'I'm a member of three local NHS trust patient experience panels and also the local clinical commissioning group (CCG) patient and engagement involvement committee.

'I just take up opportunities when I can to raise issues to do with dementia. For example, I was fairly instrumental in having a dementia-friendly audit done at a local hospital - I promoted and took part in it.'

George Rook

Patients in control

George is involved in another project that he is especially keen about because it involves making sure that people with dementia have a voice in shaping services.

As part of the Putting Patients in Control programme across the Midlands and East of England, George helps to deliver half-day training sessions to CCGs to change the way they commission services by involving people who use services in their design, including people with dementia.

George says,

'I've been a patient of all sorts over the years. I know what it's like living with services not being joined up and having to tell your story time and time again. For people with dementia this is even more of a problem.

'It's not rocket science to join up services but it just doesn't happen often enough. It needs to happen more.'

Early stages

George acknowledges that he is still in the early stages of his mixed dementia and says his life has not changed dramatically. He often forgets things and struggles at times to find the right words in conversation.

George also has trouble with some household tasks such as making a cup of tea from time to time, but is thankful that he is not experiencing anything that stops him living his life as he wishes at the moment.

He still drives and has his licence reviewed yearly but is worried about not being able to drive in future. He lives on a smallholding - complete with chickens, ducks and occasionally pigs - 'in the middle of nowhere' and says it would be a challenge to get out and about without driving himself.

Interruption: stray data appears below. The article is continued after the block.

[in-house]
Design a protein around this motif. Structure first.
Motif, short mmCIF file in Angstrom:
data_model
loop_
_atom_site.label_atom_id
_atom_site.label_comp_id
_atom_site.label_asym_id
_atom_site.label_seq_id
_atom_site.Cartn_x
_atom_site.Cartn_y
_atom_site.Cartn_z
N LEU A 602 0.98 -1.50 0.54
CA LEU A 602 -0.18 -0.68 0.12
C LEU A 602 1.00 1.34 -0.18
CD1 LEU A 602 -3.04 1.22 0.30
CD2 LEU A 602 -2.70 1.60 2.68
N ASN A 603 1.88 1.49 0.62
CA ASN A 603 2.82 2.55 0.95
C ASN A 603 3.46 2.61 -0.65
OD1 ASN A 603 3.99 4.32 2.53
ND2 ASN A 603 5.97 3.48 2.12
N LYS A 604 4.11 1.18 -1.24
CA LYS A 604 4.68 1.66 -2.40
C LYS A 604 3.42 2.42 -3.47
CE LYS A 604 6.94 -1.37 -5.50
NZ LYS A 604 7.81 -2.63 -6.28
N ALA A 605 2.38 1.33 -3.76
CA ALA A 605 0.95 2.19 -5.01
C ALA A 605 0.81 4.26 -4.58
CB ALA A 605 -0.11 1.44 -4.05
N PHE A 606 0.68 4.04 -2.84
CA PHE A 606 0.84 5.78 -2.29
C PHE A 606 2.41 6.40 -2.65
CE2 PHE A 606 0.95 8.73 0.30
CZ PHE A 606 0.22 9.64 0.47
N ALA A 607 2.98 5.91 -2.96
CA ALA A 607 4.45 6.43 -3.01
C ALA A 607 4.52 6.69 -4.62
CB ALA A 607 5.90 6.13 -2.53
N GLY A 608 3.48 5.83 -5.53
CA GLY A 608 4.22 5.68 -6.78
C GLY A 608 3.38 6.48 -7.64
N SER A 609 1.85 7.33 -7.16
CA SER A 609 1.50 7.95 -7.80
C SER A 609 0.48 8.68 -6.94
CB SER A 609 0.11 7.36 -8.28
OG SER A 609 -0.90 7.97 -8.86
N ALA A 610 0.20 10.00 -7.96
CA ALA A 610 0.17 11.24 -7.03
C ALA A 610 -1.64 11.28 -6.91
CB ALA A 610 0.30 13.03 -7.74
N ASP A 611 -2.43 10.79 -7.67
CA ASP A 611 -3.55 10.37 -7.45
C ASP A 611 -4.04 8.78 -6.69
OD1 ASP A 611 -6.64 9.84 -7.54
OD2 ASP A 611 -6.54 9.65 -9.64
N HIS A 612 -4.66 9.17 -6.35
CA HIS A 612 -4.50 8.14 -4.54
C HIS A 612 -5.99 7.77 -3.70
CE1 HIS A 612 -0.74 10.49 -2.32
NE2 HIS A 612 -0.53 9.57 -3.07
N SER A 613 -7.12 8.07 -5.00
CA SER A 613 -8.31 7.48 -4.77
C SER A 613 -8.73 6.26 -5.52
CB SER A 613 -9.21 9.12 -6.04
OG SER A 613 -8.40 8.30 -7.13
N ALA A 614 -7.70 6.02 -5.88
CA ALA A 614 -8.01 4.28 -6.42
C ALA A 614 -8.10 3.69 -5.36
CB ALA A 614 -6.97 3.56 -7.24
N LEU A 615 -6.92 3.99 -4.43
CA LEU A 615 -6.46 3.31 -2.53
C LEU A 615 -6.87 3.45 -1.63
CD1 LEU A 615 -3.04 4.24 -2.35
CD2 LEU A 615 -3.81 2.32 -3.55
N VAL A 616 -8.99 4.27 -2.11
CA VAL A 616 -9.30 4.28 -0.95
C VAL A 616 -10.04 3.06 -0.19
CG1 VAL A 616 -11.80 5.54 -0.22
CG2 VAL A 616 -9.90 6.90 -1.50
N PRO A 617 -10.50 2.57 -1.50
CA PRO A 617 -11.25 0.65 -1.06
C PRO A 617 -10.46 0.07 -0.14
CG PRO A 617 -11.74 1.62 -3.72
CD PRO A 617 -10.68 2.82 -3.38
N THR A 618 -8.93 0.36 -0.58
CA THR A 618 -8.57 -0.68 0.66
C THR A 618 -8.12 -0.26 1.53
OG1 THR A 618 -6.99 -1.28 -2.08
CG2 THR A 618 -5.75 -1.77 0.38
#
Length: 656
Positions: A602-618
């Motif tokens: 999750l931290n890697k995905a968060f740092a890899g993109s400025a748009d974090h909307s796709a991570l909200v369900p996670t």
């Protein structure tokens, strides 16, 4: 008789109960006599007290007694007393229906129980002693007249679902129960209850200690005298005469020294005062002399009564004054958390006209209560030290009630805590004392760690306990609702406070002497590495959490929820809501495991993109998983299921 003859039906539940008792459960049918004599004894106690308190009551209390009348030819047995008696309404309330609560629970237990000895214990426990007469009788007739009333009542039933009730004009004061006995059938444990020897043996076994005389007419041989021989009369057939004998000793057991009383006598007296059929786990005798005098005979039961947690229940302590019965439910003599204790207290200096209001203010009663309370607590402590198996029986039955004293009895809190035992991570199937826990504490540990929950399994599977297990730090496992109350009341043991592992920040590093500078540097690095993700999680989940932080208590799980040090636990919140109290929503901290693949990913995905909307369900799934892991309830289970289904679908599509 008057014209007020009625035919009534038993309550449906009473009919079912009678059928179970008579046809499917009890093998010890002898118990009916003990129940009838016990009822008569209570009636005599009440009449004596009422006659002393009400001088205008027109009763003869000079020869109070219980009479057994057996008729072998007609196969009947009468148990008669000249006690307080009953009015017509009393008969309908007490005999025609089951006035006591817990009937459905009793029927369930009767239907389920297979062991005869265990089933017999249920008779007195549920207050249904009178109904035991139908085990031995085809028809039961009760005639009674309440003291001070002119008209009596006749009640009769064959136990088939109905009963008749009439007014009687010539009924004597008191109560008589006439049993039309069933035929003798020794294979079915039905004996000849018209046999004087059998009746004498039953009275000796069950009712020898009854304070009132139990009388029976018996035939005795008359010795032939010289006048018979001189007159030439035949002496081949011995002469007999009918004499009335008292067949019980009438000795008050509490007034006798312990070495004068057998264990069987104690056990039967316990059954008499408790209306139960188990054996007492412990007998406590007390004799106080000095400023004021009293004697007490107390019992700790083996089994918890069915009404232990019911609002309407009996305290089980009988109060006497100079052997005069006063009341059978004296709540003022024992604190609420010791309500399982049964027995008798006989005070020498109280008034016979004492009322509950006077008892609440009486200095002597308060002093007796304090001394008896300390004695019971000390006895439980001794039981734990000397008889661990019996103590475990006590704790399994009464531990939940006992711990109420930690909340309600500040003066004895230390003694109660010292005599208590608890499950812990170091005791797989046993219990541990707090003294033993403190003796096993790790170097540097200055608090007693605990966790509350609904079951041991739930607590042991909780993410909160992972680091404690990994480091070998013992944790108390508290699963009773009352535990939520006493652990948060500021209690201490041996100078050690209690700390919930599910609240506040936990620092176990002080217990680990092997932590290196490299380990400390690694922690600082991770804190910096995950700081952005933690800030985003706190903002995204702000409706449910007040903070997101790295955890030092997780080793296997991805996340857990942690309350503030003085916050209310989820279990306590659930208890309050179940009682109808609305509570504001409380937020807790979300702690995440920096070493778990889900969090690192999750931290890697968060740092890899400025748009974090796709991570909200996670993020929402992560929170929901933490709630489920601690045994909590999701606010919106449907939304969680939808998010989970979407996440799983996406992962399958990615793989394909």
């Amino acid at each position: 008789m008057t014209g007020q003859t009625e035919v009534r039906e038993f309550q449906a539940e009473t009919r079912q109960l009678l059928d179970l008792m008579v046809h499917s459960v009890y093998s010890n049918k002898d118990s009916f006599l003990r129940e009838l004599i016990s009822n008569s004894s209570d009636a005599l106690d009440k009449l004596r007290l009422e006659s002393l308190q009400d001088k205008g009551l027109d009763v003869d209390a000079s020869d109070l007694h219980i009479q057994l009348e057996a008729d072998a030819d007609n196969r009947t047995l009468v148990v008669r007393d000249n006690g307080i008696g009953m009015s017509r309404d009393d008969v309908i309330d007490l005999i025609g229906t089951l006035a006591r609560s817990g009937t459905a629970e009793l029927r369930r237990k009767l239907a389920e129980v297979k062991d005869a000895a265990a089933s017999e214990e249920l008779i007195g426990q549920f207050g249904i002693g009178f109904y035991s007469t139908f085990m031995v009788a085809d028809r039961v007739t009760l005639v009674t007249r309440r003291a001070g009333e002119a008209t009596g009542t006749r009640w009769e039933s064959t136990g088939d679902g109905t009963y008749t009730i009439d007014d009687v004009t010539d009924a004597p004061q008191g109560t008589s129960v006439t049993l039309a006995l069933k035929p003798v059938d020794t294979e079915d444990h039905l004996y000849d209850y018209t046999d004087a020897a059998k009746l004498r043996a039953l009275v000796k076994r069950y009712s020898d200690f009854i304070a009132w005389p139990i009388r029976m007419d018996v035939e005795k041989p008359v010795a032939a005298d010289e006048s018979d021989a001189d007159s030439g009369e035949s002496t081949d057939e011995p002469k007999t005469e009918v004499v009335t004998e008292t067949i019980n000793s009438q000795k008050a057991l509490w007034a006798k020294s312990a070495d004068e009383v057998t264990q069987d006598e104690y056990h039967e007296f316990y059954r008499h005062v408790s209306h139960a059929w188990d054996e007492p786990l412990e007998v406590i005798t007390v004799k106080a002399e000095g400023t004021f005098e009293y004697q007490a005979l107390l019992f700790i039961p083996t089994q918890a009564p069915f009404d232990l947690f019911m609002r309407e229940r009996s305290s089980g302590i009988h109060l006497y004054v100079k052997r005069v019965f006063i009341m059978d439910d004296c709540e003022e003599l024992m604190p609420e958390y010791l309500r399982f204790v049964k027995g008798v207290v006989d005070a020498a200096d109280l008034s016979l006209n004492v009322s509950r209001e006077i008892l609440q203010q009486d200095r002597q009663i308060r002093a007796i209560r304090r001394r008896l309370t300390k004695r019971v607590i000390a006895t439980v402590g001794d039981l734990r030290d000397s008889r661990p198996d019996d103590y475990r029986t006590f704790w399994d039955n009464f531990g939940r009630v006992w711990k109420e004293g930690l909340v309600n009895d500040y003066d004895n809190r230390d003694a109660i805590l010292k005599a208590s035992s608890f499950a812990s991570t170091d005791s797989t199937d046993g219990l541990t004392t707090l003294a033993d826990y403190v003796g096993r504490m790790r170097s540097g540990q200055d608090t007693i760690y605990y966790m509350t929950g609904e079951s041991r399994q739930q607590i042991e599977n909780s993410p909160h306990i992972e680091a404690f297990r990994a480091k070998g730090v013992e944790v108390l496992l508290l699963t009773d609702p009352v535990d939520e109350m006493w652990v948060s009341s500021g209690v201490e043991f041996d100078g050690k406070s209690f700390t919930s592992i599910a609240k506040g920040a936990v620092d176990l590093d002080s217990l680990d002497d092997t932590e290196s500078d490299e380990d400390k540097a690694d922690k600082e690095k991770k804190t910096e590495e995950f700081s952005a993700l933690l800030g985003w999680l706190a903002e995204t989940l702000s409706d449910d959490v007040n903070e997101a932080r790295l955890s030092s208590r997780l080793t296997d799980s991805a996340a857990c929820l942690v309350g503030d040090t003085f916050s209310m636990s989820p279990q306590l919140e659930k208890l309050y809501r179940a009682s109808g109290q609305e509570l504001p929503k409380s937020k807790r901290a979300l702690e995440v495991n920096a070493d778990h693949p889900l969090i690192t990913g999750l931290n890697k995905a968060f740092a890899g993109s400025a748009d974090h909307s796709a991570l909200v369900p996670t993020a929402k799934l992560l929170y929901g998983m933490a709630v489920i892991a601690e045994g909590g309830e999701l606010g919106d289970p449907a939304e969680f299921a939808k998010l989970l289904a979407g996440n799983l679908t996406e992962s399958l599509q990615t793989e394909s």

Dementia-friendly vision

George's work is geared towards helping to achieve his vision of making communities more dementia friendly, from hospitals and shops to public transport.

He particularly wants to focus on improving the quality of care for people with dementia in hospitals, and keeping as many people with dementia out of hospital for as long as possible. He emphasises that unnecessary admission to hospital can be of colossal detriment to the wellbeing of a person with dementia.

George is keen to promote having the voices of people with dementia heard as much as possible in shaping services, as they are experts by experience.

George says he will continue to do this work as long as he is competent to do so and can get to his meetings. He adds that he wants to be told if he starts repeating things or saying things that don't make sense.

'What I feel most comfortable doing and committed to is lobbying wherever I can for improvements to services to support people with dementia.

'I suppose my mantra is living well with dementia. I can do at the moment and hope to do so in the future for quite a long time.

'I want services and support to be provided for people with dementia and carers, and to be co-designed to enable them to remain independent and active within their communities in whatever way is important to them.'

Find more information about the Dementia Action Alliance and local alliances.

To find out about becoming a Dementia Friend or Dementia Friends Champion.

See our factsheets Assessment and diagnosis and Staying involved and active or call 0300 303 5933 to order.